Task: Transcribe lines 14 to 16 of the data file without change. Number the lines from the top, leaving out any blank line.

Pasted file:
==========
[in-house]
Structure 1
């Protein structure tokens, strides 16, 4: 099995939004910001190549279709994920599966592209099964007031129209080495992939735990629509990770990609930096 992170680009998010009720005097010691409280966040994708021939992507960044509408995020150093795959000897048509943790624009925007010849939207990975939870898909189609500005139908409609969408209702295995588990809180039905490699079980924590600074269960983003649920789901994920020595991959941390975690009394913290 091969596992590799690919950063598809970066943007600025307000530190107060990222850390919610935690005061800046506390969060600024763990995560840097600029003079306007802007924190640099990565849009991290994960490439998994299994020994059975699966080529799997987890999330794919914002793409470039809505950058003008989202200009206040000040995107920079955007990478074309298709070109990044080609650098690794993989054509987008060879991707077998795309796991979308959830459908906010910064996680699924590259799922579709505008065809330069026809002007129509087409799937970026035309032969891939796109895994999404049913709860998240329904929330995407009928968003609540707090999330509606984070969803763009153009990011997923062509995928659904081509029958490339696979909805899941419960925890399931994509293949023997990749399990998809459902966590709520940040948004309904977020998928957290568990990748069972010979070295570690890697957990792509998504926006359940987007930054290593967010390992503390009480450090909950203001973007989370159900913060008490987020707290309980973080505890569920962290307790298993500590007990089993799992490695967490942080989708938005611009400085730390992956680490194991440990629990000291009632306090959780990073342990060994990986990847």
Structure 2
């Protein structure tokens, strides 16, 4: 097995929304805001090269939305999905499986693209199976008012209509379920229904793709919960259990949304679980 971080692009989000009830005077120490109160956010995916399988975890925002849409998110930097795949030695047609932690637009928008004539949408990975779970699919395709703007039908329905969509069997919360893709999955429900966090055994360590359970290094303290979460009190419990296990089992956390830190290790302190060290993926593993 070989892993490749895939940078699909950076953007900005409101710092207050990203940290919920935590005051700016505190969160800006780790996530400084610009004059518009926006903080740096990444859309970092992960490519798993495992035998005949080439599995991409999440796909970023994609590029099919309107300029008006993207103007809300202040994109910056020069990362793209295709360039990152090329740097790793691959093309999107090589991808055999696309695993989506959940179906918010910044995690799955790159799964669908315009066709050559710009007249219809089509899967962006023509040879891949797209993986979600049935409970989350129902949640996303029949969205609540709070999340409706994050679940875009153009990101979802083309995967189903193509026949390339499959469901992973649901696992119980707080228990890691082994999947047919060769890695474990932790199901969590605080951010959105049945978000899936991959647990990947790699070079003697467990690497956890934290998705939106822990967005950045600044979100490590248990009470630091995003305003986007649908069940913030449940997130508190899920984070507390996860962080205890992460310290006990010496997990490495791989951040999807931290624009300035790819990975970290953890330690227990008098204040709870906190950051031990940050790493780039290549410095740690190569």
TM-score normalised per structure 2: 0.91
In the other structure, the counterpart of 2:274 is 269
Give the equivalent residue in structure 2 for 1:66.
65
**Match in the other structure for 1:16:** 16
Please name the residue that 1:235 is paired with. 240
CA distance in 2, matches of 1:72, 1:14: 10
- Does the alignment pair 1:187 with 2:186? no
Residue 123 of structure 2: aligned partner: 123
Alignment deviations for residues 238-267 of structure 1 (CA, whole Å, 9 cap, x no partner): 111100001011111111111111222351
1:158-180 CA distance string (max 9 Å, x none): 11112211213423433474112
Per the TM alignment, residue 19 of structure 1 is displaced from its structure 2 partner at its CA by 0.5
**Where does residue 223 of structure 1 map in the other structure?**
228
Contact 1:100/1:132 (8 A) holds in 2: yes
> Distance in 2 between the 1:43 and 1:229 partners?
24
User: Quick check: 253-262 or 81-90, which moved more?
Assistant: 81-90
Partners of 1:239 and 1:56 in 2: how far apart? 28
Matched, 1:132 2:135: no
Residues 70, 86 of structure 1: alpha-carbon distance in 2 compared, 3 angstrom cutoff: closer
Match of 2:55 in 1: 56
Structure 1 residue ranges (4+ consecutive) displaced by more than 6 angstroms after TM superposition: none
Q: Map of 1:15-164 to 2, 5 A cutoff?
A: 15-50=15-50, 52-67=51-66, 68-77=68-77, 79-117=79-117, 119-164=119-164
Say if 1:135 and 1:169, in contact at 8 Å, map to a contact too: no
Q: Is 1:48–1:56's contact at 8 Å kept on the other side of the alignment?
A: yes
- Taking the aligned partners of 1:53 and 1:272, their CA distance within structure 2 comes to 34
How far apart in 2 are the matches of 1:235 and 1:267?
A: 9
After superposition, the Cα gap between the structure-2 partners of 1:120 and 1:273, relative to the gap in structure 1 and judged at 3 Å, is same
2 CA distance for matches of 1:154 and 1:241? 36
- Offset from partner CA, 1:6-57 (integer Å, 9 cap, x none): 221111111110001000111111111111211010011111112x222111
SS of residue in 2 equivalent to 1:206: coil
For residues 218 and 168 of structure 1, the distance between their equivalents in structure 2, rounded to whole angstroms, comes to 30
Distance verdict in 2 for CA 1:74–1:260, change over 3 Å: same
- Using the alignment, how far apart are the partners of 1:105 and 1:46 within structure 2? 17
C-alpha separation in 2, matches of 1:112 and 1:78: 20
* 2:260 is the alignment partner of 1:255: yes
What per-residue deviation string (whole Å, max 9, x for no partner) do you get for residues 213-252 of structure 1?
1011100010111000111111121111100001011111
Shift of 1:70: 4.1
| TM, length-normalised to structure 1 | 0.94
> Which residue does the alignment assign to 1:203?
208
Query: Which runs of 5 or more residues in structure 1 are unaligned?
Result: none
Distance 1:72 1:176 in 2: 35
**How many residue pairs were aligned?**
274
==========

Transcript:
Residue 123 of structure 2: aligned partner: 123
Alignment deviations for residues 238-267 of structure 1 (CA, whole Å, 9 cap, x no partner): 111100001011111111111111222351
1:158-180 CA distance string (max 9 Å, x none): 11112211213423433474112